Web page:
Yea, there is a sense that we are being manipulated into dummying ourselves down through the lens of culture. We have sayings that...I dunno what I am trying to say, I am just a bit testy and frustrated by the state of it, especially indie rock. People are in this grand delusion that indie rock is going to make a comeback and I don’t believe it. I think that people with guitars have made enough of an ass of themselves to last 6 fucking millennia. I’ve said this in our press release for the new record...this is music that is meaningful and there to connect with people on a different level. We are putting effort into it, not just some apathetic bullshit, something with light. I mean look at Kendrick..Camp Cope, you heard of them, Jared. Aussie three piece band. They are 3 women from Melbourne and they make very enlightened, beautiful, DIY kind of music. Sorry about the rant by the way, I just flew in from Norway and am feeling extra honest.
me: Fuck yea, that’s what I want. Feed me the truth.
Find realist and human thing to think. Don’t want to die without exploring
So dude, this is more of a statement. I told you this when we met in Brooklyn around this time last year...I caught your live show at the Mercury Lounge and Knitting Factory. It is fun, emotional...I can feel the emotions coming out during songs and the stories in between. The way I felt after, I have never wanted to bang someone so bad...what do you hope new fans can get our of your set?
(David laughs super deep) I remember that! What I want to be on stage is an amplified version of how I feel in the inside. I just want to magnify my desire to connect with people in the audience and I really didn’t know how to until recently. I really don’t pick up on social cues to well, I go on long self-indulgent rants to keep people interested. Being on stage is my way of expressing a kind of camaraderie with the audience and deconstructing that bullshit fake relationship between artist and consumer. I want to try and reestablish some kind of intimacy with another human being through the music. That shit is fucking fun dude. That thought of me saying the lyric and seeing them all smile and feel signifiant on this simple, deplorable, horrible rock is the most beautiful thing to me. It’s such a simple gesture. To look at someone with a desire to make the humanity known to me. To me, in that moment, everyone has a place in my world.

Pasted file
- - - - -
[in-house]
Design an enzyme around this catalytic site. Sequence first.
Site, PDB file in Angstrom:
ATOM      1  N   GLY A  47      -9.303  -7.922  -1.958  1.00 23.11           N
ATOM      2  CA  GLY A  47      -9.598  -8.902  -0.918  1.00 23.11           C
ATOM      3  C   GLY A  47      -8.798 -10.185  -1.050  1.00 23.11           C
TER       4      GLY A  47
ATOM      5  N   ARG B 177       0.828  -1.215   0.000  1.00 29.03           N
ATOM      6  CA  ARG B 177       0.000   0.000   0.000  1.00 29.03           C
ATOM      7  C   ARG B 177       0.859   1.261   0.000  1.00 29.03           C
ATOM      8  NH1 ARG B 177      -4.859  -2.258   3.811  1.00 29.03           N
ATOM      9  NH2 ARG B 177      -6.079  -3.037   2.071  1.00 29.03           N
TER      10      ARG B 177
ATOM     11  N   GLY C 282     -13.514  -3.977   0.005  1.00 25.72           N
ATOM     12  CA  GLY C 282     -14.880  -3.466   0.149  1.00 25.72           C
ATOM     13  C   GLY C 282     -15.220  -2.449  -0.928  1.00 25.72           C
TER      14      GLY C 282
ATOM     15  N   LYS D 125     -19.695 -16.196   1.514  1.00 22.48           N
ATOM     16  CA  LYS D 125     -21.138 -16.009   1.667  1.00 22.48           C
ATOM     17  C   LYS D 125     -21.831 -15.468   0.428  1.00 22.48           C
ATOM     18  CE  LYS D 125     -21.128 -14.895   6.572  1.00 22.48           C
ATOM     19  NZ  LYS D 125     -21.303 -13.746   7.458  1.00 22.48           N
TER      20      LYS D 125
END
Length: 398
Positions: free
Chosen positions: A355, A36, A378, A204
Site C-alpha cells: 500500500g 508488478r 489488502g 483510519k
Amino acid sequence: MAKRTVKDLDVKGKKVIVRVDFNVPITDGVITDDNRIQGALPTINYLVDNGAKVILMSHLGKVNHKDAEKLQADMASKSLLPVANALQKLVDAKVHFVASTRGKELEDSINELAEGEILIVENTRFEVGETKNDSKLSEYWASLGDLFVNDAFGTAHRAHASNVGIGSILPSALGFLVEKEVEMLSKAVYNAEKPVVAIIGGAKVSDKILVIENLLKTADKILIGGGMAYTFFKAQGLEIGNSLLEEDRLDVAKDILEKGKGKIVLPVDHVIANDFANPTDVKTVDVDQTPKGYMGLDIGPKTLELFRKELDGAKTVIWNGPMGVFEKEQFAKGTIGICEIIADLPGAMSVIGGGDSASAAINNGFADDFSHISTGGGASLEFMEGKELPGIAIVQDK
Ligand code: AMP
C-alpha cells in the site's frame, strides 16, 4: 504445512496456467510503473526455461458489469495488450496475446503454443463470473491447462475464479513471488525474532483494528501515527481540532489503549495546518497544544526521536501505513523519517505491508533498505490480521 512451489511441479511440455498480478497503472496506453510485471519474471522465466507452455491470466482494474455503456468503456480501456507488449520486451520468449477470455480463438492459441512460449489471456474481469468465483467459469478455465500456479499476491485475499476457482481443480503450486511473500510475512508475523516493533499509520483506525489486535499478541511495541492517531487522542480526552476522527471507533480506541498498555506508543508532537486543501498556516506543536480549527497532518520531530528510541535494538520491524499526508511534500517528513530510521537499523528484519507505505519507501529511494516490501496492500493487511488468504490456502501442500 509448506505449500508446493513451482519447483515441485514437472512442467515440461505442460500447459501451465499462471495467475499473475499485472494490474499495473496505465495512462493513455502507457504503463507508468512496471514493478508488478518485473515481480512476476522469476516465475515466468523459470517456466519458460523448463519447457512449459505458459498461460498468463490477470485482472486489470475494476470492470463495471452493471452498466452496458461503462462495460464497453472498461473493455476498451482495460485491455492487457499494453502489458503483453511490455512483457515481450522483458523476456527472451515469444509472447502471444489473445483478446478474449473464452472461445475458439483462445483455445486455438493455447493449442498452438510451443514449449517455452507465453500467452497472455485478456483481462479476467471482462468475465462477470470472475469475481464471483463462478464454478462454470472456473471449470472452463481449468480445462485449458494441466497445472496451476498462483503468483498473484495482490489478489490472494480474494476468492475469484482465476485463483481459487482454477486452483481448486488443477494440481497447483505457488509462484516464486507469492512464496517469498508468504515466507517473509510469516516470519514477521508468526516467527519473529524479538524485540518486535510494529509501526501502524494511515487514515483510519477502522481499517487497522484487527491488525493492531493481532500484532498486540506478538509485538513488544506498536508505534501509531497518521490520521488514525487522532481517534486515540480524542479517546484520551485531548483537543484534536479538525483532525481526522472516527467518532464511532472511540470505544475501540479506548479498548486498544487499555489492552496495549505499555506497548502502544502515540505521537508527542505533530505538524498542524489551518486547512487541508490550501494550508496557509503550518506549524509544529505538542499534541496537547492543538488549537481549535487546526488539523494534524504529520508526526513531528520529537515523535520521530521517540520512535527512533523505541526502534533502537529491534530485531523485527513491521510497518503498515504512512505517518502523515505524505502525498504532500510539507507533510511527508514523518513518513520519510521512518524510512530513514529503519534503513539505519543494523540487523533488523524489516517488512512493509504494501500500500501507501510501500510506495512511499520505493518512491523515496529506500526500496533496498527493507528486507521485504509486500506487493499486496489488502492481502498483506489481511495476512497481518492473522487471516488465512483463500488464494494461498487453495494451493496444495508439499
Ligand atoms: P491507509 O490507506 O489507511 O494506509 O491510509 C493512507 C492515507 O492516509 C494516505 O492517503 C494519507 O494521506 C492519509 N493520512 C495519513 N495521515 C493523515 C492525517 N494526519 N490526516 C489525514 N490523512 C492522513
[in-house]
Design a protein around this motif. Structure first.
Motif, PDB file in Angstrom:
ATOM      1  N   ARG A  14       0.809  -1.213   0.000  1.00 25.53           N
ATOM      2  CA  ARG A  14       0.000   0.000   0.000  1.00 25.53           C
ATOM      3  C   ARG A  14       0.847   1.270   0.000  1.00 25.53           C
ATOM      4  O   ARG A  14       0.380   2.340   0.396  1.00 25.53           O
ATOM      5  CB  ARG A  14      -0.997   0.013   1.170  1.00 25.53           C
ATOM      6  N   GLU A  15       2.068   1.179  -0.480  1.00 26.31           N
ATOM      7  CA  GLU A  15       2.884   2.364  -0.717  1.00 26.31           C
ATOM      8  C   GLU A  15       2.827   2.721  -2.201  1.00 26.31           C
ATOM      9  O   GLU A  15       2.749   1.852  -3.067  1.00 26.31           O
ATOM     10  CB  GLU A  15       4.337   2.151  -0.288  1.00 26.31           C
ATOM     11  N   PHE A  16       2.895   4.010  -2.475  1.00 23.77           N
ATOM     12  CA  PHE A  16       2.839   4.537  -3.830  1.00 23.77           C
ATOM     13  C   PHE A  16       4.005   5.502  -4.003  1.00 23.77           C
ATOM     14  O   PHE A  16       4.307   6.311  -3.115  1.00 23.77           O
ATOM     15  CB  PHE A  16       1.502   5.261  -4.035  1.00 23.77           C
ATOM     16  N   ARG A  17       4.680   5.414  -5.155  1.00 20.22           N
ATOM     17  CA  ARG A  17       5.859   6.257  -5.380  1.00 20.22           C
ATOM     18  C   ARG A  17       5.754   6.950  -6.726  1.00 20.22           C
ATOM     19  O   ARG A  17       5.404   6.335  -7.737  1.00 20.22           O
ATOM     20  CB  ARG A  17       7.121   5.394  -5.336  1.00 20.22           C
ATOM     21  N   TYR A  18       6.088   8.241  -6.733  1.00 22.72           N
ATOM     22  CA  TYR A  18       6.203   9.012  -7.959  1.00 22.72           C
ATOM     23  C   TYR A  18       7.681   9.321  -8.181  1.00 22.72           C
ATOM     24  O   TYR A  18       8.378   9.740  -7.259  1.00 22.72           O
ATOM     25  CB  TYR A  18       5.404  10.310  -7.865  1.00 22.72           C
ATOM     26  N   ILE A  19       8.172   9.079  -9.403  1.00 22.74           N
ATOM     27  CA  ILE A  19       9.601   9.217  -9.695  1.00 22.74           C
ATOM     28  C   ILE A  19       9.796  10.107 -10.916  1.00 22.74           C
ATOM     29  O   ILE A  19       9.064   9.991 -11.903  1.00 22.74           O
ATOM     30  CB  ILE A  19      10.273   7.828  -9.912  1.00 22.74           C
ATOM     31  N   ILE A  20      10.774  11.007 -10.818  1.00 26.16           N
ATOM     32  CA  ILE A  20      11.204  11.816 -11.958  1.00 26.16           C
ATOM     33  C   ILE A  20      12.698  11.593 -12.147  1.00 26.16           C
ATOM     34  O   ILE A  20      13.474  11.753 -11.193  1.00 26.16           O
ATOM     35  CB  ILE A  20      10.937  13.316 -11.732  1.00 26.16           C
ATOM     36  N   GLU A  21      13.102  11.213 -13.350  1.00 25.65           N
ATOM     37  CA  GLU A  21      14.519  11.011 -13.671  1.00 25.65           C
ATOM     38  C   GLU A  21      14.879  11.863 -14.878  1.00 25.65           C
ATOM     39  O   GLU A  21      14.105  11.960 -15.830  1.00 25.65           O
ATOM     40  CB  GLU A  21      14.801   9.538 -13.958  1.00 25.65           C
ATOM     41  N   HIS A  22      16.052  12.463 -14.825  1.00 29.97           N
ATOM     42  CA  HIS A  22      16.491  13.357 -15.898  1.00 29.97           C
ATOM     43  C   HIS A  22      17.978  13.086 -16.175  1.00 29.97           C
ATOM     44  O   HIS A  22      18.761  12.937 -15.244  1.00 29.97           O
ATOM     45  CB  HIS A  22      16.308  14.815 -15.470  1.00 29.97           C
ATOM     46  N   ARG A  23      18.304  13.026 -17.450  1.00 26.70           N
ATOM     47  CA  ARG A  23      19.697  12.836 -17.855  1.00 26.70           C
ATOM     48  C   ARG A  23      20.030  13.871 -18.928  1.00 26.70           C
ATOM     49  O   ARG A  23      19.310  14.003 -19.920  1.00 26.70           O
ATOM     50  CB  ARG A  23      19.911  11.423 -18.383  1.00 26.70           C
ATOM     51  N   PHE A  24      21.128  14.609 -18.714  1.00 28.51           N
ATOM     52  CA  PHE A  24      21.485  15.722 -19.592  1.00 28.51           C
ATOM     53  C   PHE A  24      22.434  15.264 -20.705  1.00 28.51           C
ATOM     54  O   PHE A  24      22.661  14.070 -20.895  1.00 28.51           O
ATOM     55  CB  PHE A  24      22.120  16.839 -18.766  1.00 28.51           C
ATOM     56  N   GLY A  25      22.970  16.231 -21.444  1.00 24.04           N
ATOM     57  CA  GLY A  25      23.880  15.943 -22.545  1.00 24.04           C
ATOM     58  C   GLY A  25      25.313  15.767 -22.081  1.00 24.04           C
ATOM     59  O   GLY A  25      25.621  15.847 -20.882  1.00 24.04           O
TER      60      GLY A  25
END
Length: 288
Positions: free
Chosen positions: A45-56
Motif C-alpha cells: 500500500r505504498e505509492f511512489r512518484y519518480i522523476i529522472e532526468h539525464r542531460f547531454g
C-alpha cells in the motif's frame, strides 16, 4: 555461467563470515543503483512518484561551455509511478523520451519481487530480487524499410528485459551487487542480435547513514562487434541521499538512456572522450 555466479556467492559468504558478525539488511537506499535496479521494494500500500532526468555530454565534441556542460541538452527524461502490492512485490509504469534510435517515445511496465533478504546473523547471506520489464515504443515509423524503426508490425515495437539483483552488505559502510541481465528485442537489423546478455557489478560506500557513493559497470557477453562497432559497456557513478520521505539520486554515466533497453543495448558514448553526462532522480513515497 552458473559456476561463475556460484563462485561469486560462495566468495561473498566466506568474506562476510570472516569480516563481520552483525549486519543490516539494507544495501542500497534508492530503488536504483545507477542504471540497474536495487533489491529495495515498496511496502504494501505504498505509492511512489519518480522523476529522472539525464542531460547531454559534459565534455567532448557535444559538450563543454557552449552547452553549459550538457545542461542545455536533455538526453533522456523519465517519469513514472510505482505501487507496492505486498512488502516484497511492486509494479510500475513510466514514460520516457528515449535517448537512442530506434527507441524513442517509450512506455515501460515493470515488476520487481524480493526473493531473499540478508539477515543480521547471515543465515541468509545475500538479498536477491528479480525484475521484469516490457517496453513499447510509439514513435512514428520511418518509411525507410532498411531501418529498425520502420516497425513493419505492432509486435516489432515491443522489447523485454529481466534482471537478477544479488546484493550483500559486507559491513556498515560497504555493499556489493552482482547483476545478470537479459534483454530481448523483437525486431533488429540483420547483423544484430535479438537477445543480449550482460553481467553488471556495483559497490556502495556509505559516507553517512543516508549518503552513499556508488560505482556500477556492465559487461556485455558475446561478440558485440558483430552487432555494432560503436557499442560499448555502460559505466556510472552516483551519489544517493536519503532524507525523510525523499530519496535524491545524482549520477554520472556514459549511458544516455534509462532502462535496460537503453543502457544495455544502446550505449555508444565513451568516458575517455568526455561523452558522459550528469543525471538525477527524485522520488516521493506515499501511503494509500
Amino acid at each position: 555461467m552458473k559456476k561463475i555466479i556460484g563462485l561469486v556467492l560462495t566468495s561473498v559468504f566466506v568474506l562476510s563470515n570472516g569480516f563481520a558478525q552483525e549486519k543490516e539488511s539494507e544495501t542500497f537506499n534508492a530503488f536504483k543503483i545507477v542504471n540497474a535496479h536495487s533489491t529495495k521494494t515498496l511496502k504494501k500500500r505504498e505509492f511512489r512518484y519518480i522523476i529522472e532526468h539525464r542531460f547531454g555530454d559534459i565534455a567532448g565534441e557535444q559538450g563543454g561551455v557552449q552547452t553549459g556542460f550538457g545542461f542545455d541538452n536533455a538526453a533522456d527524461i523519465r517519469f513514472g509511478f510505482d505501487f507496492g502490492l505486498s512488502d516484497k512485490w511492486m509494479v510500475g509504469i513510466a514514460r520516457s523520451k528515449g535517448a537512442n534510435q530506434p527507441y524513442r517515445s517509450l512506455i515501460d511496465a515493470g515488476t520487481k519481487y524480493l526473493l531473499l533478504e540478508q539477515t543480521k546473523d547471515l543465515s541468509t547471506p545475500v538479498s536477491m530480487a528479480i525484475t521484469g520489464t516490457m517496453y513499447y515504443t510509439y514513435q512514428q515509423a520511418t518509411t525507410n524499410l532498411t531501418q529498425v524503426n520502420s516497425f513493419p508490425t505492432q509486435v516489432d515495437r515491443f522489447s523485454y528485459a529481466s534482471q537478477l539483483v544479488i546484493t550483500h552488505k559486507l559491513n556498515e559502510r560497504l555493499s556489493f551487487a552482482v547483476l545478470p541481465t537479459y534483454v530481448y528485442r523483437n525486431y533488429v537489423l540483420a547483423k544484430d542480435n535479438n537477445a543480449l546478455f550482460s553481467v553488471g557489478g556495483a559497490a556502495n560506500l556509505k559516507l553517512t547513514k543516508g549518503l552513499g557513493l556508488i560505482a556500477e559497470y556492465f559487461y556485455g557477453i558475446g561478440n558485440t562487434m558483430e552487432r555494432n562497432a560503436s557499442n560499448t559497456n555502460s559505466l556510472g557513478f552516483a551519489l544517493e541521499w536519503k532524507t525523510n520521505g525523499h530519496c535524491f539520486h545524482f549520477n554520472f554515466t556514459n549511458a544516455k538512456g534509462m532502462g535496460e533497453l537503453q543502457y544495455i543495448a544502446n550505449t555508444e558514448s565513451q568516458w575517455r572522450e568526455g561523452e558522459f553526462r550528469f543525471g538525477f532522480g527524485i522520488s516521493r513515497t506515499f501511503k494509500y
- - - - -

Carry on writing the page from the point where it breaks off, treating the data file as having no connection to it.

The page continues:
me: Dude, this is why I go to 3-4 concerts a week
Fuck yea. Remember in the hardcore scene back in the day. You didn’t have this feeling of being accepted until you were in this moshpit. That was first experience I felt accepted.
Shameless advertising time! What’s ahead this summer upon the release of “Go Farther In Lightness” - due out August 18th in Australia, probably soon after in the US. You have 16 songs, interludes, what else do you want to tell the folks?
(Laughs). I think I’m just going to try and compartmentalize 2 years of dread, honesty, healing into 16 tracks. There is a lot philosophy in trying to convey the helpful messages I learned from my heroes. Also, I feel like the questions I am asking won’t be answered in this lifetime, but I convey my desire to attempt to get them answered. Furthermore my excitement and willingness to embrace such a short life is kind of what I want to do. I want to speak to the forgotten people. You know we have a great following in Australia, but not really elsewhere in the world yet. It kind of makes us the underdog and I love the story of the underdog. You know, living in this slighted morality, but haven’t realized their full potential yet.
I always use funny metaphors to describe bands and artists i write about, what would you use?
A highly unorganized game of baseball where Bruce Springsteen gets stabbed in the head with a fork by Martin Heidegger. Then they descend into a bench clearing brawl and nobody wins. Blood, sweat, dicks and vaginas, tears and all of this stuff just thrown in there.
me: David, it has been a pleasure. I love your music, it channels my emotion and thank you for making it.
Dude, this is fucking great man, we can’t wait to come to Chicago and I’m so glad I got to do your interview.
suggested listening experience: going anywhere to somewhere // alone, in your apartment screaming the lyrics out // outdoor bbq on a sunny ass day